After two days of non-stop engagement, you would be forgiven for thinking our #waterchampions were completely worn out come the final day of the walk, but these guys had energy like you have never seen before!
Our first stop on Day3 was Kudu Farm, one of the largest emerging commercial farms in Zambia, to understand the immeasurable value of water in Agriculture. A rep from the farm took us through their water supply process, where they source the commodity and how pivotal irrigation is in determining crop yields for the farm. We were given an opportunity to tour (and marvel) at the green fields of wheat (which is the main crop grown). We learnt that wheat is such a water-intensive crop that the farm installed an irrigation machine that dispenses water at 55 litres per second! The rep informed us that the farm has seen many changes in the past 20 years in its water levels; highlighting increasing difficulties in accessing water. Our champions were told that before, one had to drill only 6 meters into the ground to find water on the farm, whereas now they have to drill up to 40 meters to access the first drop.
After lunch the #WaterChampions were going live on social media talking about their experiences so far and inviting their followers to the final walk that was going to take place later in the day.
Our next stop was Misisi compound in Lusaka, where we went to learn more about how communities access water. We were given a tour of some water kiosks, where the community get their daily water needs. There is a total of 45 kiosks that services Misisi Compound and Lusaka Water and Sewerage Company (LWSC) has plans to build more to meet the demand.
“Water is a human right, so we are making it accessible for all” – Mr Sichone, Lusaka Water and Sewerage Company (LWSC).
He explained that there was a 10 ngwee charge for a 20-litre container of water. The kiosks are open from 06hrs to 10hrs in the morning and 14hrs to 18hrs in the afternoon, this means access to water is limited to those times alone for the entire community. This also means people queue really early to collect water for daily usage.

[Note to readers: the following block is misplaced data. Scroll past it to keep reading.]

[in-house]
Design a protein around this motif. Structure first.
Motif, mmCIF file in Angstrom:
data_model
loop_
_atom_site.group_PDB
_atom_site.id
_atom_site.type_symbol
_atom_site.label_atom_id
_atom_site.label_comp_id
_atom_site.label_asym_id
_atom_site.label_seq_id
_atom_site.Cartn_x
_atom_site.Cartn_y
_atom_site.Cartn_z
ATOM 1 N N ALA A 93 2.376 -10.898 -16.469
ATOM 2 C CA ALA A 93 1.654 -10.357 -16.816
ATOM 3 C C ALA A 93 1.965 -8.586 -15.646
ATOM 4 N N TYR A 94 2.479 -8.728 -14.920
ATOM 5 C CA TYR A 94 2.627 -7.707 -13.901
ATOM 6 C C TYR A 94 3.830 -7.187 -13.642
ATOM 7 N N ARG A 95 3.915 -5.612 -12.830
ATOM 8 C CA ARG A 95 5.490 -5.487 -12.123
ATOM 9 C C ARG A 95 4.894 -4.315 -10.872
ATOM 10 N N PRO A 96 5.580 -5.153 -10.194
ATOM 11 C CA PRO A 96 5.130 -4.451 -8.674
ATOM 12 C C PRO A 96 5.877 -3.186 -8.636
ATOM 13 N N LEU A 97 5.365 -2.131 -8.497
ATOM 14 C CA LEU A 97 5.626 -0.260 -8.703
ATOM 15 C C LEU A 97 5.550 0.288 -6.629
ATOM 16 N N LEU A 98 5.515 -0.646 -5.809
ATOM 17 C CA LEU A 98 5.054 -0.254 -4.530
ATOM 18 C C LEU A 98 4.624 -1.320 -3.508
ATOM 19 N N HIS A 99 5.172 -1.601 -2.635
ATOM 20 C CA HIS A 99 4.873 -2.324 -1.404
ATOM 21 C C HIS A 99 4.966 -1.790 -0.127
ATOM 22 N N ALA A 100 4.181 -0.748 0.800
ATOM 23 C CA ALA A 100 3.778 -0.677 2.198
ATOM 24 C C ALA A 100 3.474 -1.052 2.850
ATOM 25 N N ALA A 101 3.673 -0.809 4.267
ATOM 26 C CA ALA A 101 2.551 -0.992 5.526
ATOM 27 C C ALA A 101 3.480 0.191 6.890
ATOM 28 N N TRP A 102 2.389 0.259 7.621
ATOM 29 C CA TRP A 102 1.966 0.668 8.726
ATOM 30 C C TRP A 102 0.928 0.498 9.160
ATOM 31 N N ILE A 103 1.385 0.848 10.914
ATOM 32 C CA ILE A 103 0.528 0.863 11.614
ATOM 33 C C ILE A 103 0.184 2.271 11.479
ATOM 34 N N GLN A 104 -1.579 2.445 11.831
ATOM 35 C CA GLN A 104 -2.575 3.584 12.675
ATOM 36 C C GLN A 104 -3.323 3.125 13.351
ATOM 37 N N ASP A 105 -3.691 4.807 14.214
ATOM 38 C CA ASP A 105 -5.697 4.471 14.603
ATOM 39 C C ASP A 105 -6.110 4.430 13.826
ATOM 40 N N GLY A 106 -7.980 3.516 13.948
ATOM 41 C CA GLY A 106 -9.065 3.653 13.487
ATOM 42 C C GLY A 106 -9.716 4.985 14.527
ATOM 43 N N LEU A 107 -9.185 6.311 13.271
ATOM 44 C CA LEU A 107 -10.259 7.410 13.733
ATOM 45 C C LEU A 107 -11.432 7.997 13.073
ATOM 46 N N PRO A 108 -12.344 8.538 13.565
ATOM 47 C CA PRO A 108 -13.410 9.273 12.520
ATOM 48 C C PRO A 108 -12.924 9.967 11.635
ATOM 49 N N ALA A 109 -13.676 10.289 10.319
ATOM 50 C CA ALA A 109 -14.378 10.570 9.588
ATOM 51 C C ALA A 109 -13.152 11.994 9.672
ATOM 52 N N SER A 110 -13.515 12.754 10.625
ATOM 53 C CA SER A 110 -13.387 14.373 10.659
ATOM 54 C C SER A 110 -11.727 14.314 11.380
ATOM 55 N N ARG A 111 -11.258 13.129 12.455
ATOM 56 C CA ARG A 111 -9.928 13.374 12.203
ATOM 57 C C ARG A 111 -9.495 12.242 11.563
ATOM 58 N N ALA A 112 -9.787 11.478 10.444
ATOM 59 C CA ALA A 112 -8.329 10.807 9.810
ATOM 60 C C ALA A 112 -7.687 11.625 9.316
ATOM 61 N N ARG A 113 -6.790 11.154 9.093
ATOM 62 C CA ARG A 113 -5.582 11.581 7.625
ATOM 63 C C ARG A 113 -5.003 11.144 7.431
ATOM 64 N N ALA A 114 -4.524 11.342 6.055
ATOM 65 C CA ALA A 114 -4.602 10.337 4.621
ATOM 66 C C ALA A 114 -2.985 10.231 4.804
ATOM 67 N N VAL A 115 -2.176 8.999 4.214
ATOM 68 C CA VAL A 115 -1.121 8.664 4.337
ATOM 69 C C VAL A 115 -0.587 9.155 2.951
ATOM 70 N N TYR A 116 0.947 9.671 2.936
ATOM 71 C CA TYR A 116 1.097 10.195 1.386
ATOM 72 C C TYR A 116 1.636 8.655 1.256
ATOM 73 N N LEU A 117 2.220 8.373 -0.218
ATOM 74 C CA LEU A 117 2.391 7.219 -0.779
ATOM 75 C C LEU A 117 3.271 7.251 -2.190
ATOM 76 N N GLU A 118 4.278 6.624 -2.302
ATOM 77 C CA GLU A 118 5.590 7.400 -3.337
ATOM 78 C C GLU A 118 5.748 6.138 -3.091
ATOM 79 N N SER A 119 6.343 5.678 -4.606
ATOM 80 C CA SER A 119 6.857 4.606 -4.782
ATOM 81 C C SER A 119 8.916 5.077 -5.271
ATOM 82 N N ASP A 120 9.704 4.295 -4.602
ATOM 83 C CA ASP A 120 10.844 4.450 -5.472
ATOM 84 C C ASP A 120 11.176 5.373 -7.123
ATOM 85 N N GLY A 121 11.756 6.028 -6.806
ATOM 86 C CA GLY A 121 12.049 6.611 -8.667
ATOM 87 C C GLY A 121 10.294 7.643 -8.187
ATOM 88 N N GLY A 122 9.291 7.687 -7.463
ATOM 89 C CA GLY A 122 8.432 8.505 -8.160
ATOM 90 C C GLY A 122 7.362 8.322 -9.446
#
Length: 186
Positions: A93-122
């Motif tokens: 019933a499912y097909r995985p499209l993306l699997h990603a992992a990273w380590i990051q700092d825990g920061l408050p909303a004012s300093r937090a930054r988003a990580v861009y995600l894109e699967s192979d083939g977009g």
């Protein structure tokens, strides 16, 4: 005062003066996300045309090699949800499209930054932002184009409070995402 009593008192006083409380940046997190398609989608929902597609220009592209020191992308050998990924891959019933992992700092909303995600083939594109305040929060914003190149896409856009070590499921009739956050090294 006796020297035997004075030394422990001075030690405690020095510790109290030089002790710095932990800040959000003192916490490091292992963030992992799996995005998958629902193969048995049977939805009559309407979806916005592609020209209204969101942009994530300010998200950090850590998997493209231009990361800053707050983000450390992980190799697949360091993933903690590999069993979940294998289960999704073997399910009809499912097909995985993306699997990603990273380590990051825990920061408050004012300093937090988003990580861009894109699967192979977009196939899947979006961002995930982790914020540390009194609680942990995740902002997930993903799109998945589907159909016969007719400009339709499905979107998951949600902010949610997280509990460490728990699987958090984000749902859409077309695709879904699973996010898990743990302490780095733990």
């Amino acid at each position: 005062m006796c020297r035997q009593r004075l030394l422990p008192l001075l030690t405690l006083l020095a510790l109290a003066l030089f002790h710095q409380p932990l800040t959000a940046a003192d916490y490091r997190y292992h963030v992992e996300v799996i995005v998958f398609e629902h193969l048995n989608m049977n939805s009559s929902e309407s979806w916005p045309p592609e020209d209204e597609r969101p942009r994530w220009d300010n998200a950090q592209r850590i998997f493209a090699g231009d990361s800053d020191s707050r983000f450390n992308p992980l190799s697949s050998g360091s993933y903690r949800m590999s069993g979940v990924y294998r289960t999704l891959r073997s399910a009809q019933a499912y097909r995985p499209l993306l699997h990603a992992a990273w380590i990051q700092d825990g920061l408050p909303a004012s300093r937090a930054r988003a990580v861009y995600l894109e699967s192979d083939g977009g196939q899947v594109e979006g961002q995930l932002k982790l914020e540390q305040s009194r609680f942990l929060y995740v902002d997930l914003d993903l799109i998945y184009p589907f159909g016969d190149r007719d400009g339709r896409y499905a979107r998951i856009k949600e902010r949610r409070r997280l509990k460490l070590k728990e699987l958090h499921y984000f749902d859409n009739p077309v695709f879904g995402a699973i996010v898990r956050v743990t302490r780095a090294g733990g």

Our #WaterChampions concluded their visit to this stop by donating 20-litre containers of water to the local community, as a gesture of goodwill and a reminder that #WaterIsLivelihoods and #WaterIsEverybodysBusiness.
After lunch, we headed to LWSC Stuart Park Distribution Centre. We learnt how water from Kafue reaches the centre, is re-chlorinated and distributed to different parts of Lusaka. A total of 480 million litres of water is consumed in Lusaka and that number only accounts for peri-urban areas where demand is increasing daily.
In response to queries from our #WaterChampions, a Senior Engineer explained how the facility’s leak detection system helps identify leakages thereby reducing water wastage and saving consumers money. We were also informed that LWSC continuously sensitises the public on the need to save water and was happy that the journey of water campaign was augmenting their efforts.
It was a sombre yet exciting atmosphere as we headed to Friday’s Corner in Kalingalinga to embark on the final stretch of the 3-day walk. Upon arrival, we were greeted by cheering crowds who had been waiting anxiously to catch a glimpse of the #WaterChampions and join us for the rest of the walk to East Park Mall. Water champion Victor ‘Kabova’ Chaushi led us all with a medley of songs and jokes that kept everyone’s energy up on the 45-minute walk to East Park Mall. The champions were cheered upon arrival, welcomed by the MC of the night and a dance troupe.
Our special guest for the evening was Bishop Dr Edward Chomba who gave a great speech and inspired the audience before proceeding to the stage with WWF Zambia’s Mr Mwape Sichilongo where they handed certificates to the #waterchampions in special recognition of their commitment towards this incredible achievement.
James Sakala, Kantu Siachingili, Wezi Mhone, and Maureen Lilanda all stepped on the stage during the celebration to wow the crowd with their hit songs. The crowd sang and danced for hours before it was time to pack up the stage and say good bye.
The three days spent on this incredible journey were unbelievably educating for everyone involved and truly highlighted that ‘Water Doesn’t come from the tap’. While the walk is done and the campaign is officially over, it is clear to everyone that our work to influence a generation of responsible water stewards has only just began.